Sometimes it’s easier and more efficient to just take care of business on your own. Don’t get me wrong, there’s definitely an appeal to teamwork and having others help with a task can certainly make the work easier and less lonely. That being said, when it’s a creative endeavor, other people around can dilute your vision. If the idea that you’ve got in your head is strong and clear enough, putting more chefs into the kitchen can really change up the original recipe. It might make for more work in the long run, but going the solo route with music is probably the best way to ensure that your vision is the one that is being totally presented on your records.
Since 2018, Tryglav has been doing the one-man band act quite effectively. The band, which hails from Italy, is the black metal powerhouse brainchild of Boris Behara, who handles pretty much anything and everything for the group. In February, Tryglav returned with their second record, The Ritual, another worthwhile outing of melodic black metal. I recently caught up with Behara to talk about the new record and how he keeps Tryglav going by himself.
First off, how did Tryglav get started? What made you want to start this type of band?
Boris: Tryglav started in 2018 after I decided to quit my previous band. I was tired of wasting my time with people that were just taking the band as a joke. Growing up, many people prefer to concentrate on a normal job, family, etc….I’m the opposite so I decided that if I wanted to do the stuff in the right way, I should have done everything alone.
What got you into black metal in the first place and who are some of the bigger influences for this particular band?
Boris: Plague Angel from Marduk was the first black metal album I’ve ever listened to. It’s still their best album, in my opinion. In the past, I could have said a lot of bands as an influence, but nowadays there’s really no band that influenced me. When I write my own stuff, I don’t have time to listen to music. The only thing that I try to do is to write good melodies and be sure to not write something that I have already heard somewhere else.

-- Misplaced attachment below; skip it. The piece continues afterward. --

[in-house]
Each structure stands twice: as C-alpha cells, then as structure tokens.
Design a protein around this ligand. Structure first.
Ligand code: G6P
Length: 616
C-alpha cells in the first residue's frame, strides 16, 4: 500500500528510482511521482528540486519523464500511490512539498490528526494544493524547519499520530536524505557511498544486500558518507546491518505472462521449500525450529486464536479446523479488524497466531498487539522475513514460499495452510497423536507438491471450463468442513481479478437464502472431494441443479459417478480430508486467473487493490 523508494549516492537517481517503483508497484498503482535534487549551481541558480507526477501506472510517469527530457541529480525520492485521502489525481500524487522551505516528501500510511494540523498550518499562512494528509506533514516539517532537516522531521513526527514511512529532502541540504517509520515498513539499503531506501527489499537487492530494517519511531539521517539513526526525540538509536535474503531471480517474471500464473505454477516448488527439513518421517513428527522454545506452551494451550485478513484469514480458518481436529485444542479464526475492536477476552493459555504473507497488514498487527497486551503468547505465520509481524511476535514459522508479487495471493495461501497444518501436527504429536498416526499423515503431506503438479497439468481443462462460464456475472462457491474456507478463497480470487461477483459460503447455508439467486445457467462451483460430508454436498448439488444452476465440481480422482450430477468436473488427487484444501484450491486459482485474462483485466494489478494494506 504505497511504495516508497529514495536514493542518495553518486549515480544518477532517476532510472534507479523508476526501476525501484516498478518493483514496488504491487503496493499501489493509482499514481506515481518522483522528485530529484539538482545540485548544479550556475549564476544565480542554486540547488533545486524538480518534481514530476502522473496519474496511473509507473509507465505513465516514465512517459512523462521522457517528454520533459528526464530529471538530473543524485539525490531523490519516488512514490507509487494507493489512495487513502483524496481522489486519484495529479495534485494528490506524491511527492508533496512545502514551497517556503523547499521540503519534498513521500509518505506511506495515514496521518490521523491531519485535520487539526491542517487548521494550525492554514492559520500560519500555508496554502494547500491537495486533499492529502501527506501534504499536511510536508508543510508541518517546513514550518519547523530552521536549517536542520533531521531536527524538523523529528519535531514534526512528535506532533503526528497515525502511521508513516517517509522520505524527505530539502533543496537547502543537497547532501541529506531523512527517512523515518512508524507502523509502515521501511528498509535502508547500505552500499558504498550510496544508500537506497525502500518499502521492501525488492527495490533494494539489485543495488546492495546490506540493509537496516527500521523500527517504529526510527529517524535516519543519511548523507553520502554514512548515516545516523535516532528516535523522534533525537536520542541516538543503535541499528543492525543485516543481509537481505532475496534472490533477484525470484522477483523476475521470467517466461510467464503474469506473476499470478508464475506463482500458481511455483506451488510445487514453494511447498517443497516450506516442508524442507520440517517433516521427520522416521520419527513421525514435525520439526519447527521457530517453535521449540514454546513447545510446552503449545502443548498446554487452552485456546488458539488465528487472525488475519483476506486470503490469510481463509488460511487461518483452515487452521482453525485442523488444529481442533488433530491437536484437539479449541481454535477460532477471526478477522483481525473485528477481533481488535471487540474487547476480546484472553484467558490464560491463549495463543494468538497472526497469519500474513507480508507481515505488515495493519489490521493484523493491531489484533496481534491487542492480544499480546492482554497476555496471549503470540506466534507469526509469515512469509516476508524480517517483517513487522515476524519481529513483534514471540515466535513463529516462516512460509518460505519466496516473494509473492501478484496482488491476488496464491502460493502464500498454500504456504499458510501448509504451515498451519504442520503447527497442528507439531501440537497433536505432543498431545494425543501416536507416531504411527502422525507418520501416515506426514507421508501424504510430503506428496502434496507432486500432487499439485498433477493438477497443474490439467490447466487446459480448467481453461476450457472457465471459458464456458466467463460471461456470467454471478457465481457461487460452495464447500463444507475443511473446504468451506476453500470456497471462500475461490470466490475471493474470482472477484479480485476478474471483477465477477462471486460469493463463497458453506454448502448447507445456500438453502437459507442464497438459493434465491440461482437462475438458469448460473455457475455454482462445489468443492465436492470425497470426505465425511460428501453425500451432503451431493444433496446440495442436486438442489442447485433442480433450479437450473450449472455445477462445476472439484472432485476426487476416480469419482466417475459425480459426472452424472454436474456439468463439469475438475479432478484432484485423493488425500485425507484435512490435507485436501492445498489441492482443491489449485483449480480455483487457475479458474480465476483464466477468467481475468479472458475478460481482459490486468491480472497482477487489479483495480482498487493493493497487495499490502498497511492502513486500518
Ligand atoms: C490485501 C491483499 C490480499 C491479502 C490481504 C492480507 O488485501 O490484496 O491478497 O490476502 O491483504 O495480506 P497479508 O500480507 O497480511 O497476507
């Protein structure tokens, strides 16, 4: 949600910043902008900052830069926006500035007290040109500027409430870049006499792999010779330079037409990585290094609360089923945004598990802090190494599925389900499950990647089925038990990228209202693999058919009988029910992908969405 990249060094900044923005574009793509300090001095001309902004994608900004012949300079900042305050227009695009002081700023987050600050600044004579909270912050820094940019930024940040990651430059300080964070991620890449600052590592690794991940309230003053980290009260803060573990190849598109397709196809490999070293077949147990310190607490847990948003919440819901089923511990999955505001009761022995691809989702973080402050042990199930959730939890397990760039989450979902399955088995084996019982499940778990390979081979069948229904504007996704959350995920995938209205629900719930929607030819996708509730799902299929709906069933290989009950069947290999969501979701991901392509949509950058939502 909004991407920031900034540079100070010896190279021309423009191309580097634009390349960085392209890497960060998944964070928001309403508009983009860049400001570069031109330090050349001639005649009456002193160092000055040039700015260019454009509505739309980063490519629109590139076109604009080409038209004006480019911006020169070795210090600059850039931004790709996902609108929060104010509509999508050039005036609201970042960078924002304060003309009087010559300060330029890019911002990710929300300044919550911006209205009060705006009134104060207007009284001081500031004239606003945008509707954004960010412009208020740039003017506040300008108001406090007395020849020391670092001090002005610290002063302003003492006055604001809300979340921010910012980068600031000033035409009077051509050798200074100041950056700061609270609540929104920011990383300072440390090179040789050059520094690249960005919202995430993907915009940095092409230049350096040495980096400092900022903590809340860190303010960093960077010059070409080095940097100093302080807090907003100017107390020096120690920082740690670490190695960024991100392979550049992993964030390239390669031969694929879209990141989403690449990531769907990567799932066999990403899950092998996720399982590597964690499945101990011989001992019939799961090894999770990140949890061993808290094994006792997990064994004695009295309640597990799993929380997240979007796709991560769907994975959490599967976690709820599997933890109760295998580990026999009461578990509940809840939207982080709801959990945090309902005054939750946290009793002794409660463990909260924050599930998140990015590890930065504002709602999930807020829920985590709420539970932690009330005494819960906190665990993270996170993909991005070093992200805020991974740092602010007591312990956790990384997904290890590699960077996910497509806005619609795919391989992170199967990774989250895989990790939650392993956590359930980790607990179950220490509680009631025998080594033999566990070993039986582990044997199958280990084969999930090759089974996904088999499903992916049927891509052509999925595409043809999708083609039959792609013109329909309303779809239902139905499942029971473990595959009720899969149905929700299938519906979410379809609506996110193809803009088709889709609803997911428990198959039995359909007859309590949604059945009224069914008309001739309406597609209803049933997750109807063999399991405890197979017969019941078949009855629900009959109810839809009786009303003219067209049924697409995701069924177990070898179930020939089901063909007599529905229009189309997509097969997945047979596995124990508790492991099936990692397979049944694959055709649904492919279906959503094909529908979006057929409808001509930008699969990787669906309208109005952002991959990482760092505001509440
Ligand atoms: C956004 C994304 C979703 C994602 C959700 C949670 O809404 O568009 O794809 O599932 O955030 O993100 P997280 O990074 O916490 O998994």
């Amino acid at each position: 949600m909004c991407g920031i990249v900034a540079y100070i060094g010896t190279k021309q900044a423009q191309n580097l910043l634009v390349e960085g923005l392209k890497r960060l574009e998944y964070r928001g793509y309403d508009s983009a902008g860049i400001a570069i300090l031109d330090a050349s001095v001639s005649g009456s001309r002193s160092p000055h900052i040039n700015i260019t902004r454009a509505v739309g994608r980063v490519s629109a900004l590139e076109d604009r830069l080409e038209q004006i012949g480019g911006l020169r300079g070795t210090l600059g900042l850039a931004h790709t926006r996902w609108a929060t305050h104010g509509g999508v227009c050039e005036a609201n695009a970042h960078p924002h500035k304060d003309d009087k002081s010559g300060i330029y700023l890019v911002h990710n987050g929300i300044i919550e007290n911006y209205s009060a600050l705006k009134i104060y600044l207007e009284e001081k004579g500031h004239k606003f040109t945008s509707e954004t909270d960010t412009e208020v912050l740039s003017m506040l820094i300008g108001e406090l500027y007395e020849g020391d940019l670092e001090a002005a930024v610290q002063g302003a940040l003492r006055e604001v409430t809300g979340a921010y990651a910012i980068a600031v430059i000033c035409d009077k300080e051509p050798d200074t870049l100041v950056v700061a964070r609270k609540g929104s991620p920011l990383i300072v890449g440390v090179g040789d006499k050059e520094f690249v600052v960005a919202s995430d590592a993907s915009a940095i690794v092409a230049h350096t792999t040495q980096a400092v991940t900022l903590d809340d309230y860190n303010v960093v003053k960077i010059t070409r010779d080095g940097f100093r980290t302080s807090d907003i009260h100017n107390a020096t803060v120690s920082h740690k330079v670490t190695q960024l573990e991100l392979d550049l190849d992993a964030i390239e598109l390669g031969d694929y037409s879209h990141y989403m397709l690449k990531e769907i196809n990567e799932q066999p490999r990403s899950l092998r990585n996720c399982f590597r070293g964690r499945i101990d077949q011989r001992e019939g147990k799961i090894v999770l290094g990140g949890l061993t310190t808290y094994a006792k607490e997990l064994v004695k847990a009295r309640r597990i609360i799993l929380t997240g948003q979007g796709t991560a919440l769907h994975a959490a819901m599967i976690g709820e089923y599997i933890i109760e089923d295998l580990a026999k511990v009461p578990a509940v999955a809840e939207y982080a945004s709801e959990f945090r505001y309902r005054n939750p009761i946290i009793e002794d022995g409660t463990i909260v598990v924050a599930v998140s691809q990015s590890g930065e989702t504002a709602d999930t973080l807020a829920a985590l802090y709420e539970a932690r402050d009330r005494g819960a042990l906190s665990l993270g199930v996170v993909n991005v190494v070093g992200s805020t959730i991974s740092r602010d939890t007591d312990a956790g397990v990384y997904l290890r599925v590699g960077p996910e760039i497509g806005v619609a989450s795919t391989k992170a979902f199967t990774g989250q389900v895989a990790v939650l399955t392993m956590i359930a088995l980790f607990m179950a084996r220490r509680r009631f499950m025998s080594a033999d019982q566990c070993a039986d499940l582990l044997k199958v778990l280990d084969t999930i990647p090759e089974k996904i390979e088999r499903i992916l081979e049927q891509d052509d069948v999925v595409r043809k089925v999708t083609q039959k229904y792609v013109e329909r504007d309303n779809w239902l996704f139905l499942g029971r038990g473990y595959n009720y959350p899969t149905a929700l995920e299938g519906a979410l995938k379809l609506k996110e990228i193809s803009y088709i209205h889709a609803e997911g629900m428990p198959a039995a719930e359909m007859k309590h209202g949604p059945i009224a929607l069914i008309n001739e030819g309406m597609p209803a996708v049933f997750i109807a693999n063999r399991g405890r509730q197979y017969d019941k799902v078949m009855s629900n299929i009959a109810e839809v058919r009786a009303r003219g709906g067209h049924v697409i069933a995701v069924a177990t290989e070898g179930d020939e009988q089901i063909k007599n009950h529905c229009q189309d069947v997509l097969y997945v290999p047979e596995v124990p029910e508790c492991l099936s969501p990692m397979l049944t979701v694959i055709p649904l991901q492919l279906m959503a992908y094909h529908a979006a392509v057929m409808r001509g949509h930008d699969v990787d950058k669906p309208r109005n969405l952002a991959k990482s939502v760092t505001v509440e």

Being that it’s just you in the band, what kind of benefits and challenges does that provide? Are you looking to expand out to other full-time members?
Boris: The benefits of being the only member is that I have full control over every aspect of the band. I don’t have to ask anybody if they like this riff or not, if the cover [for the] album is ok for them, etc. That’s the best part of being a one-man band.
On the other hand, it can be really stressful. You have to write and record all the instruments, answer all the interviews [and] emails, take care of the social media pages and it can be really expensive paying [for] an entire album alone. Sometimes I’d just like to compose my stuff on the guitar and have others that take care of the bass, vocals, drums, etc. but I know that it will never happen because, besides all the stress that can bring, there’s nothing more satisfying [than] to be able to have a product that is 100% as you wanted.
What’s your process like for writing the music side of things? Has that changed at all over the years?
Boris: The process is more or less the same. Usually I start with the guitar and when I have some riffs, I start to add the drums behind. During this process, both guitar and drums change many times, until I’m not 100% satisfied. What I usually compose at the beginning is totally different from what you listen [to] at the end.
How do you write the lyrics for the band? What do you turn to for inspiration for the songs?
Boris: For the first album, I wrote all the lyrics and everything was inspired by ’80s horror movies. For The Ritual, I wanted to have a concept with more mature lyrics but since my English isn’t the best, I asked for help. The story is mine but the lyrics were written by Social Abattoir.